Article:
Canada has a unique opportunity to make the type of once-in-a-generation investments that could reshape the contours of the economy. The Harper government is actually doing many of the right things. It is spending on infrastructure, including a new bridge between Windsor, Ontario and Detroit. It is putting up venture capital and is pushing harder to break into new markets. It has eased tax rates for smaller businesses. Given the mediocre state of the economy, Ottawa should be attempting to do more, not less.

Yet as long as a balanced budget remains the bedrock of economic policy, there will be an unnecessary restraint on ambition. One of the greatest barriers to coaxing Canada’s cautious entrepreneurs to seek opportunity abroad is fear of the unknown. The federal government could address this by adding to its number of trade commissioners. An aggressive effort to break into new markets could pay dividends down the road. However, one can imagine such an idea being nixed in the name of balancing the budget.

International investors could care less whether the federal government records a small deficit or a small surplus: the difference is inconsequential. The advocates of an unwavering commitment to surpluses argue a hard target is necessary to avoid sliding down a slippery slope that leads to a return of profligacy. That assumes voters can’t tell the difference between wasteful spending and a rare opportunity to reshape the economy. Canadian politicians love to say their fiscal prudence simply reflects the values of households who work hard to get the family finances in order. They seem not to have noticed that those prudent households over the past several years have taken advantage of a once-in-a-lifetime opportunity to borrow at ultralow rates to buy houses and run up debt.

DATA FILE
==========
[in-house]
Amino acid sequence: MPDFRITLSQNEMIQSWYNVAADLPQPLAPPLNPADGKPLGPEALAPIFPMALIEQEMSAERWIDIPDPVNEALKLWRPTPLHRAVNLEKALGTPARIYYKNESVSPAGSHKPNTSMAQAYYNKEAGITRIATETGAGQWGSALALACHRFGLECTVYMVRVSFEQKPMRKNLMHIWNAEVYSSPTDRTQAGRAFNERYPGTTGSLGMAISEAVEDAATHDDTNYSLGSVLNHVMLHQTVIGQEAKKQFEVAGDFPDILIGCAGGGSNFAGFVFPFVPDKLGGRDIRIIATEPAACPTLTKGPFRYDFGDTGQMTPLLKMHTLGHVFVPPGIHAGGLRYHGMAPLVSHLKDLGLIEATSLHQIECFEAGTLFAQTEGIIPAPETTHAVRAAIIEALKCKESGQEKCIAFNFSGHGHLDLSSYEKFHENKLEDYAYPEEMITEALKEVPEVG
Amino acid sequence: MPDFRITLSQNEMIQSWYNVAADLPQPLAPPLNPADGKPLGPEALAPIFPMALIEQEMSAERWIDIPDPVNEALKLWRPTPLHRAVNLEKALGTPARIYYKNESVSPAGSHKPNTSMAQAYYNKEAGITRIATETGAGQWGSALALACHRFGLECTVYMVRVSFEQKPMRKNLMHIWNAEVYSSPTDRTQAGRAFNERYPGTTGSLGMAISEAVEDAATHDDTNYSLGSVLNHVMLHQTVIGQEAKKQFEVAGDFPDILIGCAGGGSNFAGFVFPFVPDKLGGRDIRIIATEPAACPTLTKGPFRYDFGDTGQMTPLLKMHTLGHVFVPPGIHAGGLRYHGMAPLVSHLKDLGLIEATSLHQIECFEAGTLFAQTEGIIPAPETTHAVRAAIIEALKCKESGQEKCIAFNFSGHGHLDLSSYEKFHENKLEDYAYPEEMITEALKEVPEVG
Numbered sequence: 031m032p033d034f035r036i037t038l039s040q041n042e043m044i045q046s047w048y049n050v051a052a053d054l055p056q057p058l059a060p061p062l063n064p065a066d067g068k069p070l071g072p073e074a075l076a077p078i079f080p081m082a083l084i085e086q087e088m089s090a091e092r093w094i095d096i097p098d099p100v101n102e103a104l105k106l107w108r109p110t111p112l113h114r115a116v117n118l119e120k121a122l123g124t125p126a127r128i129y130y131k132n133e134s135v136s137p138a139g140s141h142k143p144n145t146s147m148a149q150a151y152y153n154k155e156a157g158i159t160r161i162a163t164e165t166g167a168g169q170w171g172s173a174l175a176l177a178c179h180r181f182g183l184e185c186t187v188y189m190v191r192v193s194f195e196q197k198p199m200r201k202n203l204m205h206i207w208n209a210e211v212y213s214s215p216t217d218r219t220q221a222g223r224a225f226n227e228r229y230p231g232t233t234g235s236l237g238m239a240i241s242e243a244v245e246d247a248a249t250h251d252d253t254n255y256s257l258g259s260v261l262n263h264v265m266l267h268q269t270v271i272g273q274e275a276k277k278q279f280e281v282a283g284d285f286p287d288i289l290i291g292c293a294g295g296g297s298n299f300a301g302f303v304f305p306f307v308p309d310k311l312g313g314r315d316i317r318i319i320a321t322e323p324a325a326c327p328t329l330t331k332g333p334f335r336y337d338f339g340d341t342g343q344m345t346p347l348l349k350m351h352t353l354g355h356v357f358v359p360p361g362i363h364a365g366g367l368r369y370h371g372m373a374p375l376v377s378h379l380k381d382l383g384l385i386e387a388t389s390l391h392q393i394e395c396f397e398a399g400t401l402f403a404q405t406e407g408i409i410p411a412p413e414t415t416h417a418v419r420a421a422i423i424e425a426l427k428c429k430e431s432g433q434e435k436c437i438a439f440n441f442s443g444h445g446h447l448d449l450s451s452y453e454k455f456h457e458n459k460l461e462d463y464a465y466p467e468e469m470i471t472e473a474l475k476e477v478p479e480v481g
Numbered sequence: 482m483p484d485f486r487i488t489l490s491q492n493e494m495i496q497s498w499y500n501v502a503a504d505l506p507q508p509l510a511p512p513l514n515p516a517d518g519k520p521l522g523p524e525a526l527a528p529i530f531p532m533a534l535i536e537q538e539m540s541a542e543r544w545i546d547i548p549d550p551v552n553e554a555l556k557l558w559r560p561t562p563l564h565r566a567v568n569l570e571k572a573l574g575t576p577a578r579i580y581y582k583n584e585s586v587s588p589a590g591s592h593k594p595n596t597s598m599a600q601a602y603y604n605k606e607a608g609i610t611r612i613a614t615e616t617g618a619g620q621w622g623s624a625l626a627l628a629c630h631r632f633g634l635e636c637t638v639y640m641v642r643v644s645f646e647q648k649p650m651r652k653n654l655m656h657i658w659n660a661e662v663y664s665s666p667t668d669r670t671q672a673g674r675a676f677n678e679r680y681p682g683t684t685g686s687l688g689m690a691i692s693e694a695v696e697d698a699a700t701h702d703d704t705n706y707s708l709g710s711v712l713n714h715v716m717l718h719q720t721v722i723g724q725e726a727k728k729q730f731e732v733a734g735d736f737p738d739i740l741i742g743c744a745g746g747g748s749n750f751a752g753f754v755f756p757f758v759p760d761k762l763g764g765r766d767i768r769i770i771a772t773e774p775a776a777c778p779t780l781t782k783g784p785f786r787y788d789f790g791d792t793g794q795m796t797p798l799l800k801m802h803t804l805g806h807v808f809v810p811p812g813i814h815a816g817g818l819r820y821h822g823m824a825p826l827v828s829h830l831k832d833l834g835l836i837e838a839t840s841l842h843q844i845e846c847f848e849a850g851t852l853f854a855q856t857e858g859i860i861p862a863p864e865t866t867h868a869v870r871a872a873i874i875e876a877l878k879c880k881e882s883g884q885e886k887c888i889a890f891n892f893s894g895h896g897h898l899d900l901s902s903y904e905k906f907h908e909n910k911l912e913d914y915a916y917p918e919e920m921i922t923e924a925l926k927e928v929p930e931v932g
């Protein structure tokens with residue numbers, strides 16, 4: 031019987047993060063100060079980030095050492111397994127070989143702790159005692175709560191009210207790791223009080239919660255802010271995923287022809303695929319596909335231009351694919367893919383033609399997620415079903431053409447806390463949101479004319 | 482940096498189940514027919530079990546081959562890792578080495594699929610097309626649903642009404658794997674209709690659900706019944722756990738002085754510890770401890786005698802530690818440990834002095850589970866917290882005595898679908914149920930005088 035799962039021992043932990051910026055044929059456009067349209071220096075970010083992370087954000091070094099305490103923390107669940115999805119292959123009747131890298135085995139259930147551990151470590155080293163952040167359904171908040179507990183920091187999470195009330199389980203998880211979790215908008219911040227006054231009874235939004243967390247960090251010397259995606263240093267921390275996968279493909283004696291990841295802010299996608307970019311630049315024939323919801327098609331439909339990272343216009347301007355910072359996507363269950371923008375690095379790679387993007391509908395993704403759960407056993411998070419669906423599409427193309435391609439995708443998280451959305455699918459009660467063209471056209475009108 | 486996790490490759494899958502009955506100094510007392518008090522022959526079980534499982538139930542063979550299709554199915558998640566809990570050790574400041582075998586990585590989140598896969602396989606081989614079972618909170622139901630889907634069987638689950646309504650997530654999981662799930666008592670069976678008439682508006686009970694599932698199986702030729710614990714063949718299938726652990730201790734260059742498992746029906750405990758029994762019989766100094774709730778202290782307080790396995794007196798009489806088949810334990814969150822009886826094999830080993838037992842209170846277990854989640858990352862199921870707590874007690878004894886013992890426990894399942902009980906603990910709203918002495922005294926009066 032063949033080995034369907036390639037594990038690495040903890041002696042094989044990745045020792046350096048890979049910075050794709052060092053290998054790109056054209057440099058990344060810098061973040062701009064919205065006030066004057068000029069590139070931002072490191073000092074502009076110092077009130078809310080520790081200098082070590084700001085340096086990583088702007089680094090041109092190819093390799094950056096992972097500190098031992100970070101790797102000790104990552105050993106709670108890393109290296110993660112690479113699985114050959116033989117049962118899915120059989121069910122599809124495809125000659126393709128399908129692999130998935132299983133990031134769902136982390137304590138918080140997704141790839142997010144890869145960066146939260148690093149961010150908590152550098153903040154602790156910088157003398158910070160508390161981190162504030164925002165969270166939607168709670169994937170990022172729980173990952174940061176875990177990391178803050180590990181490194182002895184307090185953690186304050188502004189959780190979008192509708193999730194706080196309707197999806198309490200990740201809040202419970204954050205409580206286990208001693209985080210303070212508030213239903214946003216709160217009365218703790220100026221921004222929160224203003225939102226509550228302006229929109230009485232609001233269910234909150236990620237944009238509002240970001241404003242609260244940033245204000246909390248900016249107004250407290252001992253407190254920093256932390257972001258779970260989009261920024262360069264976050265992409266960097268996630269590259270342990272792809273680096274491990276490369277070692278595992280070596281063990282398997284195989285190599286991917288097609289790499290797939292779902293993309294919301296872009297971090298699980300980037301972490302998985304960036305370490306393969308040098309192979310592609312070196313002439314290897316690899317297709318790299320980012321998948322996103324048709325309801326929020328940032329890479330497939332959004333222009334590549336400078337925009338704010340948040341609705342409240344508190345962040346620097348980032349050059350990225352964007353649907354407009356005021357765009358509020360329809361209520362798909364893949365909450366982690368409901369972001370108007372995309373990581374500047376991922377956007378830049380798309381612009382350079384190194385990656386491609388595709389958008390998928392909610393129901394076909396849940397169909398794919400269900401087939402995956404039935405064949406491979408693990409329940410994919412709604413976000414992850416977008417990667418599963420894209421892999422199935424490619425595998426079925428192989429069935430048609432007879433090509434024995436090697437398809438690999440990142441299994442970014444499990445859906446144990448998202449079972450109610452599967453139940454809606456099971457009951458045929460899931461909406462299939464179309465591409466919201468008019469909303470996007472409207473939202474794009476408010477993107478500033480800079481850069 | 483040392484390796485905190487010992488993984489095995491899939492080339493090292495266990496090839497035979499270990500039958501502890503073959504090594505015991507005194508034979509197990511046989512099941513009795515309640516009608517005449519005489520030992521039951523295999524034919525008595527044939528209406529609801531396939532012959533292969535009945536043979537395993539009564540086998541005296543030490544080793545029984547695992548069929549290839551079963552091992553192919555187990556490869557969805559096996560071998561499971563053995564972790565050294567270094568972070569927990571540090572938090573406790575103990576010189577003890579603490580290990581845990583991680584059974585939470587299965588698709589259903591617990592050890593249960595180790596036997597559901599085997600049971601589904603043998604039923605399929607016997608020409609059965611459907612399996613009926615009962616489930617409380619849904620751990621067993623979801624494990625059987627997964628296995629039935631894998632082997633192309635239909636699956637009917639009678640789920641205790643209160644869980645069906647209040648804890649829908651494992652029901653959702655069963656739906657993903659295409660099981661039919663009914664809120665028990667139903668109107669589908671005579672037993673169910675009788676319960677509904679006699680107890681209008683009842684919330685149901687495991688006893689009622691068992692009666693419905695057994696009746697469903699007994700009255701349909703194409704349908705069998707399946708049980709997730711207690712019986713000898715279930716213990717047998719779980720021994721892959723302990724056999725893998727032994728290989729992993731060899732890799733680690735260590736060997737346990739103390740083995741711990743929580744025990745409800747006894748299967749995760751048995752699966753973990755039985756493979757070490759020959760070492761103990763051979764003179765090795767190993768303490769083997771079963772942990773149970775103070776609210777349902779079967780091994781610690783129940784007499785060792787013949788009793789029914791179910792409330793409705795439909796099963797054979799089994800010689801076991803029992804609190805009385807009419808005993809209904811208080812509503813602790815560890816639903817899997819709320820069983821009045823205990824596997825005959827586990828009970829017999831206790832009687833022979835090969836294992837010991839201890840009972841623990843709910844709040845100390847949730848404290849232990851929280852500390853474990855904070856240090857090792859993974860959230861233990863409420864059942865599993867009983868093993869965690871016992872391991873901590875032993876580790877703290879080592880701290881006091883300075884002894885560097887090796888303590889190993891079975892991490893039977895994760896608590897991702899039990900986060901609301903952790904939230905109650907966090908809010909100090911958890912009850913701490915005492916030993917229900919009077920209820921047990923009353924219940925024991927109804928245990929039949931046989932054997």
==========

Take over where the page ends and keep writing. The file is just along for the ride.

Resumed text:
There was one other Canadian development that caught my eye last week. Alberta Premier Jim Prentice said he is open to introducing a sales tax to make up for lost revenue from the collapse in oil prices. Alberta is the only Canadian province that doesn’t levy a sales tax, a considerable point of pride and competitive advantage. Yet it is noteworthy that Mr. Prentice is at least willing to consider whether his province’s economic orthodoxy fits with the times. One hopes his former colleagues in Harper’s cabinet are open to doing the same. 

The opinions expressed in this article/multimedia are those of the author(s) and do not necessarily reflect the views of CIGI or its Board of Directors.